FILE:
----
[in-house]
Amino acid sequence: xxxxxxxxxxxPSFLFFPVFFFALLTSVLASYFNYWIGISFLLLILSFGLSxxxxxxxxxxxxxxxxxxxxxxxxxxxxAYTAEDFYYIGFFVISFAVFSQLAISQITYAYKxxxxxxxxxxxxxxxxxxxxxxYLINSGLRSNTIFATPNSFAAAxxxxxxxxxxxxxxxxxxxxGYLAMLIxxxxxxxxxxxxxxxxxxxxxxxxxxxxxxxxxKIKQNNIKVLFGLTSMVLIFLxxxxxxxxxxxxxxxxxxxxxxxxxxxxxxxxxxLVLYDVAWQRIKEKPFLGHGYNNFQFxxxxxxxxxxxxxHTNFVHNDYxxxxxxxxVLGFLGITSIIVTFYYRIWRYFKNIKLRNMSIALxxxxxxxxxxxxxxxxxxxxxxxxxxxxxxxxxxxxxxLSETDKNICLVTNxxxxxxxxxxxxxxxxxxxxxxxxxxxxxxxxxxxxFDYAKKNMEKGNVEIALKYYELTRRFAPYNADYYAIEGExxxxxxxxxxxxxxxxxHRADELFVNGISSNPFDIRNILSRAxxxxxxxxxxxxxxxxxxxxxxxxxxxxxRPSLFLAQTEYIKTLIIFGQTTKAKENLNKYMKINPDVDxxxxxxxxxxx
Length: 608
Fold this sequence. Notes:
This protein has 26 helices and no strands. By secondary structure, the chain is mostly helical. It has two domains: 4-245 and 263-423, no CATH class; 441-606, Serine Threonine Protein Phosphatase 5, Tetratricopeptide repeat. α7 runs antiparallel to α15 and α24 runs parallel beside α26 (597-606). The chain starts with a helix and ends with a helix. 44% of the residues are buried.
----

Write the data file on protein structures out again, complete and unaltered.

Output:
[in-house]
Amino acid sequence: xxxxxxxxxxxPSFLFFPVFFFALLTSVLASYFNYWIGISFLLLILSFGLSxxxxxxxxxxxxxxxxxxxxxxxxxxxxAYTAEDFYYIGFFVISFAVFSQLAISQITYAYKxxxxxxxxxxxxxxxxxxxxxxYLINSGLRSNTIFATPNSFAAAxxxxxxxxxxxxxxxxxxxxGYLAMLIxxxxxxxxxxxxxxxxxxxxxxxxxxxxxxxxxKIKQNNIKVLFGLTSMVLIFLxxxxxxxxxxxxxxxxxxxxxxxxxxxxxxxxxxLVLYDVAWQRIKEKPFLGHGYNNFQFxxxxxxxxxxxxxHTNFVHNDYxxxxxxxxVLGFLGITSIIVTFYYRIWRYFKNIKLRNMSIALxxxxxxxxxxxxxxxxxxxxxxxxxxxxxxxxxxxxxxLSETDKNICLVTNxxxxxxxxxxxxxxxxxxxxxxxxxxxxxxxxxxxxFDYAKKNMEKGNVEIALKYYELTRRFAPYNADYYAIEGExxxxxxxxxxxxxxxxxHRADELFVNGISSNPFDIRNILSRAxxxxxxxxxxxxxxxxxxxxxxxxxxxxxRPSLFLAQTEYIKTLIIFGQTTKAKENLNKYMKINPDVDxxxxxxxxxxx
Length: 608
Fold this sequence. Notes:
This protein has 26 helices and no strands. By secondary structure, the chain is mostly helical. It has two domains: 4-245 and 263-423, no CATH class; 441-606, Serine Threonine Protein Phosphatase 5, Tetratricopeptide repeat. α7 runs antiparallel to α15 and α24 runs parallel beside α26 (597-606). The chain starts with a helix and ends with a helix. 44% of the residues are buried.